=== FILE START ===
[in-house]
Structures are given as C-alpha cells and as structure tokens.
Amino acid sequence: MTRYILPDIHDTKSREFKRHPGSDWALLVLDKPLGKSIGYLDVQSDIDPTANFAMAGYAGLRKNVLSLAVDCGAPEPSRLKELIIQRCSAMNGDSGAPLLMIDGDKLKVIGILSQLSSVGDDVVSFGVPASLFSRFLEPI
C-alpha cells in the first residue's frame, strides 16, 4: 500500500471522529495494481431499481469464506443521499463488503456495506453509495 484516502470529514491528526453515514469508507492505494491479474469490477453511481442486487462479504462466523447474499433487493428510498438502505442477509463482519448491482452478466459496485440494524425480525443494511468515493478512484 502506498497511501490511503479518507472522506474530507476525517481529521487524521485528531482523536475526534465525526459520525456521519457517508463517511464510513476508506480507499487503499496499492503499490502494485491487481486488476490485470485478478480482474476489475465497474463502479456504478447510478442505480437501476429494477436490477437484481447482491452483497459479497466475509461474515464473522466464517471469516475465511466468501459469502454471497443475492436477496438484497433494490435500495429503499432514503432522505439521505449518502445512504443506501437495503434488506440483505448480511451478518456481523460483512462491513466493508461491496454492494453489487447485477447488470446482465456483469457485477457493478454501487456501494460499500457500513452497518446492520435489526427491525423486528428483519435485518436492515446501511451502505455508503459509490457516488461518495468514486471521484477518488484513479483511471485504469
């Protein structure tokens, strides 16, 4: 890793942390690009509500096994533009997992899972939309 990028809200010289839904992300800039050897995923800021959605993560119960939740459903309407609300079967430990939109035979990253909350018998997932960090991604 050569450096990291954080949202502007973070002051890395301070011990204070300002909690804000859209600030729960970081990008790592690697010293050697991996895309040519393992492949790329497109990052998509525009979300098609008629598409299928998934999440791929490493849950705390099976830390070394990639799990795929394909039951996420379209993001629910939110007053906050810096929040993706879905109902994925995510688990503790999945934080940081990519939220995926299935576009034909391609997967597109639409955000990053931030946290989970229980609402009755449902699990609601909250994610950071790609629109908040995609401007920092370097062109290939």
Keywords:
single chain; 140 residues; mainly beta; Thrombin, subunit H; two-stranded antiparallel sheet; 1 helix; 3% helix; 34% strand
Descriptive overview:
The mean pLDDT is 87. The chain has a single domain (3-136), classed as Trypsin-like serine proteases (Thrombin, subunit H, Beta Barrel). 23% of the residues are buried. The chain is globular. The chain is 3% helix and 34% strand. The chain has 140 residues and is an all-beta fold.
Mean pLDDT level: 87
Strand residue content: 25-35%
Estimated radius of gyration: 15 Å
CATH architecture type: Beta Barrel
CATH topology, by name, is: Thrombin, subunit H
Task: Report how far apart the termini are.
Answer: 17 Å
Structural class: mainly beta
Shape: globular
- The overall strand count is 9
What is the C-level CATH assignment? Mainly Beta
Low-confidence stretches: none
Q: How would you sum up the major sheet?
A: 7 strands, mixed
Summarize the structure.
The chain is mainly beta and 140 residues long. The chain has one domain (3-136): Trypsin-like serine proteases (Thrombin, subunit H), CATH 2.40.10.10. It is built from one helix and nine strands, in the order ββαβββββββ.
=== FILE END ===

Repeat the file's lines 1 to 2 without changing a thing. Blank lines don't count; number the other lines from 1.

[in-house]
Structures are given as C-alpha cells and as structure tokens.